On Friday, April 21, 2017, nature movie Born In China premiers in theaters for Earth Day. From Disney Nature, the movie does an epic job of using breathtaking footage to share the whimsical and loving stories of animals living in China. Not only do the beautiful scenes bring laughter and joy, but also an understanding of why wilderness preservation matters. Last night, I had the opportunity to see a screening of the movie before it opens to the public. Today on Theresa’s Reviews, I’m sharing my thoughts about the movie as well as free printables for educators and parents.
Born In China Movie Review
When I brought my children to see Born In China, the movie theater was packed. Inside the movie theater, families with children of all ages were patiently waiting for the most popular nature movie of the year to begin.
With excellent narration by John Krasinski, the movie shares the vast terrain of China. From the plateaus to the forests and other landforms, children can see how incredible the land of China is.
One of my favorite parts was seeing the red pandas. In 2003, I traveled to China with my parents and my sister, and I loved holding a red panda during my visit! This part of the movie brought back wonderful memories, as did seeing the natural terrain of the area. When I visited, I went to Chéngdé, Chéngdū, and Beijing, but my favorite part was seeing the wide open land in between the cities, where animals have the space to roam. Check out a photo of me holding a red panda in China on my Facebook page.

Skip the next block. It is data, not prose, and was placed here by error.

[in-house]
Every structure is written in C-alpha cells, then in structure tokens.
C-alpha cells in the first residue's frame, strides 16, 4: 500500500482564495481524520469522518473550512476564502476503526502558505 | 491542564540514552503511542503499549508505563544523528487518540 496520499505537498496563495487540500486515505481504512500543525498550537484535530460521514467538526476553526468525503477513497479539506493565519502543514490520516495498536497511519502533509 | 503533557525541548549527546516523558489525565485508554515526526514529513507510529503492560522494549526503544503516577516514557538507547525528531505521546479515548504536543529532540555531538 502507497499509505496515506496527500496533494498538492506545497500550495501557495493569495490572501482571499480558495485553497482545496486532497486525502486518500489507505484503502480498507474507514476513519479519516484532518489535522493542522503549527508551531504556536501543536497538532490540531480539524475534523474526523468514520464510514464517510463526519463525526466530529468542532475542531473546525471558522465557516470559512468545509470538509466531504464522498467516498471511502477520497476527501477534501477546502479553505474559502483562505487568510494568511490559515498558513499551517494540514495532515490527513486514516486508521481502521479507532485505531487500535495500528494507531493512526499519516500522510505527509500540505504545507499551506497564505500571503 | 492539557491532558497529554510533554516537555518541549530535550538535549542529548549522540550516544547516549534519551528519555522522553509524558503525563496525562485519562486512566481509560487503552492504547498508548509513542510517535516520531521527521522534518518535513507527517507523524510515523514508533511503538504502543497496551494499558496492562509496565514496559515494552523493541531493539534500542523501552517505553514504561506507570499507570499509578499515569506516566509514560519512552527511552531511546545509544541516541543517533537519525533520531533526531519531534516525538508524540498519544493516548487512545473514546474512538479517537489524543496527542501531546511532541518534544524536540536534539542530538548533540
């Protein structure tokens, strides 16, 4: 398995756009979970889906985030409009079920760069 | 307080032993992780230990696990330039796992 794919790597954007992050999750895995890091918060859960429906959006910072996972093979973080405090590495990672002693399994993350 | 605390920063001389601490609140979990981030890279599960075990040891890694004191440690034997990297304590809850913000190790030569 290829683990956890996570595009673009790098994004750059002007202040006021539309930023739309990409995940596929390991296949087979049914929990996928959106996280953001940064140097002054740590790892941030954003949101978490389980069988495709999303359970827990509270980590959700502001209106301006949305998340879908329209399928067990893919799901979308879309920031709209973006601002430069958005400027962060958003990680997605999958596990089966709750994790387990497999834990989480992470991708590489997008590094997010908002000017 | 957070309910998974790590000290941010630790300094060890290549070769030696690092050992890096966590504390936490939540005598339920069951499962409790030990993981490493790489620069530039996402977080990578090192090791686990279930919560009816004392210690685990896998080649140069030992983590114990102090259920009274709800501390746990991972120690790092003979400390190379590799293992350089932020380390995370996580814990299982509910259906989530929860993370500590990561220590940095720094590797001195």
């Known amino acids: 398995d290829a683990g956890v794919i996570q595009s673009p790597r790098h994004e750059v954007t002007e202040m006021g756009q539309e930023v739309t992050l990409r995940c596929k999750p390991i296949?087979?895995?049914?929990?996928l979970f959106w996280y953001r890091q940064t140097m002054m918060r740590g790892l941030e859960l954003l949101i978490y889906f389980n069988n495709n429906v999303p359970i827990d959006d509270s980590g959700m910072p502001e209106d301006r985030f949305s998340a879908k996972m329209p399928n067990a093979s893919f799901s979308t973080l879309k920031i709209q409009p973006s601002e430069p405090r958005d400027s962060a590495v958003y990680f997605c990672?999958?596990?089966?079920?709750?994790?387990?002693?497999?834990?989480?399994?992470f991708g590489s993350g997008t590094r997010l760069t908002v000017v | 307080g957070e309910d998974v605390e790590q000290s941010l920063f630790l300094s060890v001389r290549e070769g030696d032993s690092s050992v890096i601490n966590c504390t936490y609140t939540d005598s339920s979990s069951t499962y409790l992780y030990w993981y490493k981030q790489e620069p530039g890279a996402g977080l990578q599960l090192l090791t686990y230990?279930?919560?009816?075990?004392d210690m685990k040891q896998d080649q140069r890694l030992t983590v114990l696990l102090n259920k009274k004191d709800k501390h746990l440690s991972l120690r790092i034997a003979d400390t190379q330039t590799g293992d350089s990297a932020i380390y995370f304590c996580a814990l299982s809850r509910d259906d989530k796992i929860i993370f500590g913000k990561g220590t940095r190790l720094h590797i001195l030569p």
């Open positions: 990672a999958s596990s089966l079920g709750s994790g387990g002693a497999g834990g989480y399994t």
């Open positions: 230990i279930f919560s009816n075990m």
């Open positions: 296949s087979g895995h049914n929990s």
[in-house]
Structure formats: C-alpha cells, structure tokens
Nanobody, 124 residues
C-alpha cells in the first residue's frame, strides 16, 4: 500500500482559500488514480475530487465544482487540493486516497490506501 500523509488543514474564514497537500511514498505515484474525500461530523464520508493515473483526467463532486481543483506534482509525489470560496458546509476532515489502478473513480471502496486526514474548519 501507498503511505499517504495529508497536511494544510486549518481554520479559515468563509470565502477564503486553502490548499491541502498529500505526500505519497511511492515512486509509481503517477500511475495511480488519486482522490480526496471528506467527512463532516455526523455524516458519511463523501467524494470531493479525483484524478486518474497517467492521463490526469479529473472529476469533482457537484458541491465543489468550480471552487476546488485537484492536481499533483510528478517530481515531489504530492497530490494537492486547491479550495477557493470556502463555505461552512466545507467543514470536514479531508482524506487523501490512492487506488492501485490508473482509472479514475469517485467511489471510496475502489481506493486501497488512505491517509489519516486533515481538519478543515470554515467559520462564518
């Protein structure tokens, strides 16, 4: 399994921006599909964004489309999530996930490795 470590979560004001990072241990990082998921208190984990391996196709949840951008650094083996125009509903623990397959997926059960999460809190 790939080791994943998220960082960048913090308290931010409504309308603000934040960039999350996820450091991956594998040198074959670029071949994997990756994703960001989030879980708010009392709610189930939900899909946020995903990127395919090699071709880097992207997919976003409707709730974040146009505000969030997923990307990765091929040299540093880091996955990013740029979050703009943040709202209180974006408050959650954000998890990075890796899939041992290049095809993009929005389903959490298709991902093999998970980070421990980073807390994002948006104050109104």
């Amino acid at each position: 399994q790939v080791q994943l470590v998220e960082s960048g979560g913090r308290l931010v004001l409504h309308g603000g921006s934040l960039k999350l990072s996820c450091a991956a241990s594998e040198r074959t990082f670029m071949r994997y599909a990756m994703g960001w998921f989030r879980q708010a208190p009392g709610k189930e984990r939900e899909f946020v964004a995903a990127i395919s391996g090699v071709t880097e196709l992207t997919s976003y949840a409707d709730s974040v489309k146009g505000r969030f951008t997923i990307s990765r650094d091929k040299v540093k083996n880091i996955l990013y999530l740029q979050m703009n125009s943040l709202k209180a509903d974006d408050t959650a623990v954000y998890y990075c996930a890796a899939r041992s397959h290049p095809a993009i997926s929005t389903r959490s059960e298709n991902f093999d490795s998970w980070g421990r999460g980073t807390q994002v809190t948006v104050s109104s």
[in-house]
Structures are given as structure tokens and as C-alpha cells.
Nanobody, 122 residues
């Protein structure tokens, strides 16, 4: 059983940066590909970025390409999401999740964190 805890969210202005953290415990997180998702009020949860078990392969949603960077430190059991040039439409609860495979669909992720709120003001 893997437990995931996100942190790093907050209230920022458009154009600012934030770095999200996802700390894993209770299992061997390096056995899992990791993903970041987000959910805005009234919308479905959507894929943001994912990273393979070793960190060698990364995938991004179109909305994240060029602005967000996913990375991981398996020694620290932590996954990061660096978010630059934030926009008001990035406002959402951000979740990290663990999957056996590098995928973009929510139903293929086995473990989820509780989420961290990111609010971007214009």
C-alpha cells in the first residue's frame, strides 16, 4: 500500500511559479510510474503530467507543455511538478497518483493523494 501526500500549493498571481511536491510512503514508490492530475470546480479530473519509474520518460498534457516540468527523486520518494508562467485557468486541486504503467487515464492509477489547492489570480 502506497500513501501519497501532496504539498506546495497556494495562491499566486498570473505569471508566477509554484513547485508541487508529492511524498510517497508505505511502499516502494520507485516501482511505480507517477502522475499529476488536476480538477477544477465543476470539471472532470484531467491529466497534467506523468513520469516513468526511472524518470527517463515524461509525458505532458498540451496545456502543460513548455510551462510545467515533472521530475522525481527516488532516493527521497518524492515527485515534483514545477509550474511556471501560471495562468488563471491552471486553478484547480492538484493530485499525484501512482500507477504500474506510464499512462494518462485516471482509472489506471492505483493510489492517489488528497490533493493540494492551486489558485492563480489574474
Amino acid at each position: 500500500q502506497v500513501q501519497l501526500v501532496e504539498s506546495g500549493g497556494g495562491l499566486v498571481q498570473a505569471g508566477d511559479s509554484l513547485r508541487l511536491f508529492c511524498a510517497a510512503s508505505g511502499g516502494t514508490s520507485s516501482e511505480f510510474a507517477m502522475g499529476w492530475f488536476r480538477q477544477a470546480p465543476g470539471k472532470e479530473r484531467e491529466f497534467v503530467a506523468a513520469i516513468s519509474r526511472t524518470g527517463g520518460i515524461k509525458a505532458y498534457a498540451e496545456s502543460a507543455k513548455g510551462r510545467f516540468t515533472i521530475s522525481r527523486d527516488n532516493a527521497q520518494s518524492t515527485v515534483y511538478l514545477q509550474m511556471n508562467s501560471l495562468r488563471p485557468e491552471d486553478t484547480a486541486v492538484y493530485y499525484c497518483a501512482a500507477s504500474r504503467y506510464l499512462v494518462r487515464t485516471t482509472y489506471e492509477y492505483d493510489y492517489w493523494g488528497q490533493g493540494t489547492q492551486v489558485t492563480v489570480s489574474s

When the narrator described the animals’ actions, he kept the crowd entertained by speculating about the animals’ thoughts and emotions. Krasinski gave an excellent narration with a warm, appealing voice. You can hear a clip of what the narration sounds like by checking out this Panda Fact video.
Panda Fact Video
One of the most moving parts of the movie was the Giant Pandas. When the mom couldn’t stop cuddling her baby, it reminded me of when my children were babies too! The footage was captivating. My daughter said this was her favorite part. With incredible shots of baby animals, the movie captivates children of all ages. Check out this adorable clip about the pandas, Ya Ya and Mei Mei.
Meet Ya Ya & Mei Mei
Another successful part was the movie score. For each animal scene, the music connected with the action. My favorite part was a rock ‘n’ roll scene with a group of mischievous monkeys. The visuals as well as the music were successful at showing the adventurous spirit of the animals.
At the end of the movie, you can see footage of the filmmakers with the animals. My daughter said it was interesting to see how the movie was made. Since she loves animals and photography, this part was especially inspirational to her.
Educator’s Guide And Activity Packet
To use the movie to help children learn about topics that include habitats, animal relationships, and more, you can use these two printable guides.
If you’re a teacher, check out the Born In China Educator’s Guide for 72 pages of activities and printables perfect for the classroom.
For parents, you can download the Born In China Activity Packet to get 24 pages of reading material and activities that children can enjoy.
Born In China is one of the most kid-friendly nature movies that I’ve seen. You will see some of the facts of life (birth, nursing, and more), but nothing that would leave children asking too tough of questions.
If you’re looking for an educational movie that captivates children, check out Born In China for Earth Day weekend. You can also search #BornInChina on social media to learn more.